Flavour and Salim were two of my closest connections in Kroo Bay during fieldwork conducted in 2006. From the funeral service sheet I can see that Flavour must have been 26 years old when I met him. I probably knew that but at the time it was of little consequence. He was living in Kroo Bay on land reclaimed from the sea in a panbody. I spent a night there once, just to see what it was like – my little luxury. His girlfriend, at the time, was obliged to give up her mattress to accommodate me. Meanwhile, Flavour and Salim slept in my jeep parked up on the road ‘for security reasons’, they said. The three of us were often together in the camp or moving through the city. A couple of times I was taken to dubious clubs where we drank star beer and danced awkwardly. On one of these late night escapades I recall Flavour pointing at the former headquarters of the Criminal Investigation Department, as we passed by and alluding obliquely, possibly autobiographically, to sordid torture conducted behind the walls sometime in the not too distant past.
When I first met Flavour his hair was dyed and he was easily recognizable. His father was a tailor. He had no intention of following in those footsteps. He drank more energy drink than beer but was often semi-stoned. Neither he nor Salim were ever especially talkative. Over the weeks and months that we got to know each other we were often simply sitting quietly together gazing at the sea or patrolling the city as I sought to get a grasp of what it was like to live a life under circumstances compromised by poverty and lack of opportunity. During the following decade, I would usually hook up with them every time I was in Sierra Leone. I saw Salim more often than I saw Flavour.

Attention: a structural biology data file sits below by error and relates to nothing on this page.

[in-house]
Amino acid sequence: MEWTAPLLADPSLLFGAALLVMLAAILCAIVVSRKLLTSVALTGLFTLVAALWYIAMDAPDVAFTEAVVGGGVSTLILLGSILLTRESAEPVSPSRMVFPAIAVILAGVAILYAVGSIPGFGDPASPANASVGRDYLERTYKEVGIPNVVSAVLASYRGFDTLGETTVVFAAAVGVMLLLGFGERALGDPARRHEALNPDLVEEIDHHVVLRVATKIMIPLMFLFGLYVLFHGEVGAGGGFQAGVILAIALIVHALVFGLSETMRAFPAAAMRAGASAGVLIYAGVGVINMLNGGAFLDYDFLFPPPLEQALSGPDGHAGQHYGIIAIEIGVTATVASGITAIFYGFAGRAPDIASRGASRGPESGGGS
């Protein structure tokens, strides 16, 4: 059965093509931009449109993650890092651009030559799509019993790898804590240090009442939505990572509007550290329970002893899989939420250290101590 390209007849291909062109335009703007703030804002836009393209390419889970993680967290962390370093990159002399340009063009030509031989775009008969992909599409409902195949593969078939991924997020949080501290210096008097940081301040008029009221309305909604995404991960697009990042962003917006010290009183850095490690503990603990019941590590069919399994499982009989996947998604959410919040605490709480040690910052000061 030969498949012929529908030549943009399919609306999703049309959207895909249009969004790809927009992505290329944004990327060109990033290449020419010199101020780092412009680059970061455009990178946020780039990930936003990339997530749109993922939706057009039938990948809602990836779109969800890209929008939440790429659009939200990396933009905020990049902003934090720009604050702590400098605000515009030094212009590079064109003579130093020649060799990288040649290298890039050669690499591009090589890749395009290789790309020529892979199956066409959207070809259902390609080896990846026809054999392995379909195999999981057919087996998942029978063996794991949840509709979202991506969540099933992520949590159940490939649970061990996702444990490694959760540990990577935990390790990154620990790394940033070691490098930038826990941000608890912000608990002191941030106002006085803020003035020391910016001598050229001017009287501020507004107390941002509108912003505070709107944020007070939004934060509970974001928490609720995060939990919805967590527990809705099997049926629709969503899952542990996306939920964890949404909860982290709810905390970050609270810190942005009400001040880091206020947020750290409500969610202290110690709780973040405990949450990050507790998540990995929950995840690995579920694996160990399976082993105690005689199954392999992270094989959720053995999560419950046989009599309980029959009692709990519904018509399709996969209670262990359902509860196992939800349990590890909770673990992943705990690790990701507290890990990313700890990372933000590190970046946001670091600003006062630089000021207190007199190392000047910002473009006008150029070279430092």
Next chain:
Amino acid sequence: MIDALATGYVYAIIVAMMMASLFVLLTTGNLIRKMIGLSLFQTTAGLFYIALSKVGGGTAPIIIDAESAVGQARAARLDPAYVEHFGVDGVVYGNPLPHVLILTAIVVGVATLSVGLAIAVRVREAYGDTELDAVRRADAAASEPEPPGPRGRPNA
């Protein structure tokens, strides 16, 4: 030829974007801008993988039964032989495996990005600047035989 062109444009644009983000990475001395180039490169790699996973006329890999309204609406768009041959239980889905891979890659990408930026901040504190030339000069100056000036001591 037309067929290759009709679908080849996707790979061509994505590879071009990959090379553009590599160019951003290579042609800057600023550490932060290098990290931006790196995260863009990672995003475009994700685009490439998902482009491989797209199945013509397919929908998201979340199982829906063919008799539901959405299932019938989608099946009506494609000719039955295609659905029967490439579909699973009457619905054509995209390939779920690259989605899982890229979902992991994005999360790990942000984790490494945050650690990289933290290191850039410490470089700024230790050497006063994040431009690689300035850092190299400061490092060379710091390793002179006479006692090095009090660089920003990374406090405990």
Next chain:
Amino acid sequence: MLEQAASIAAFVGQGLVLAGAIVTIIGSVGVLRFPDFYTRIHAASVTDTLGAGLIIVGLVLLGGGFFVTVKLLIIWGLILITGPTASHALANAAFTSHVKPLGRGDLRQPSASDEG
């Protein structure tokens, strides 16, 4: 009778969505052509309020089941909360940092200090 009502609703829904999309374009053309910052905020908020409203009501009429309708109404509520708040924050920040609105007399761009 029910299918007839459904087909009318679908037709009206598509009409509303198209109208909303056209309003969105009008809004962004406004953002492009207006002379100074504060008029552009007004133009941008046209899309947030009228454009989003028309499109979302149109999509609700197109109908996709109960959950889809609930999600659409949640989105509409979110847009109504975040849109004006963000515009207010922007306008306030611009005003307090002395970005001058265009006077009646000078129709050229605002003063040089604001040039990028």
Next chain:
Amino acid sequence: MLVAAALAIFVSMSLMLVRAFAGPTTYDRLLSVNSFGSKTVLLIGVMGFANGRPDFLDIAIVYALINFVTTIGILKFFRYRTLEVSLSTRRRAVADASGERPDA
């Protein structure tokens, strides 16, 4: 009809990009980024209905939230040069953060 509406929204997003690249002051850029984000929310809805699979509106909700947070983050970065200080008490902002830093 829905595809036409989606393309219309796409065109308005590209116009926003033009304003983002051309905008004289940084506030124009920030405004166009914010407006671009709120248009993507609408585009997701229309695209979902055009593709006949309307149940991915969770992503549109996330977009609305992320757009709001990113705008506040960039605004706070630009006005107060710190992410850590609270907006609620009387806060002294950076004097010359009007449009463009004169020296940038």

Flavour was not supposed to die. But he came close before, probably more often than I know. On one occasion he was involved in a fight and was stabbed in the chest, not far from his heart. Once again it was Salim who informed me, desperate to get hold of some cash to facilitate treatment. Slowly the stab wound healed but for months afterwards he was short of breath and would experience pain. One late night out, I was deeply troubled by his aggressive attempts to defend me after I got into an argument with a clumsy driver. He was simply not in a fit physical state to escalate a conflict. He was not fit to fight.
Palavers are common in the life of a young hustler in Sierra Leone’s poor urban neighbourhoods. And Flavour was no stranger to conflict. I suspect he was wilder in his younger days before I met him than he was subsequently. Indeed, my first introduction to him was because he had spent time in the Central Prison. There would be other nights spent there too and in the police cells. But my sense was that time had mellowed him. The last time I saw Flavour he told me his girlfriend had given birth to a baby girl, named Marie after my own daughter. He had a child, indeed now two children, the second born just two weeks before his death. He had become a man.
Were I to search my field notes from 2006 I am certain Flavour’s name would be everywhere. It is obviously not his given name but until I had to send him some money when he was sick, I did not even know his real name. He was always simply Flavour. The burial service sheet features his given name – Doe Smith – but, appropriately enough, with the suffix ‘aka Flavour’.
Flavour was not supposed to die.
Andrew Jefferson is a psychologist working as Prisons Researcher at DIGNITY – Danish Institute Against Torture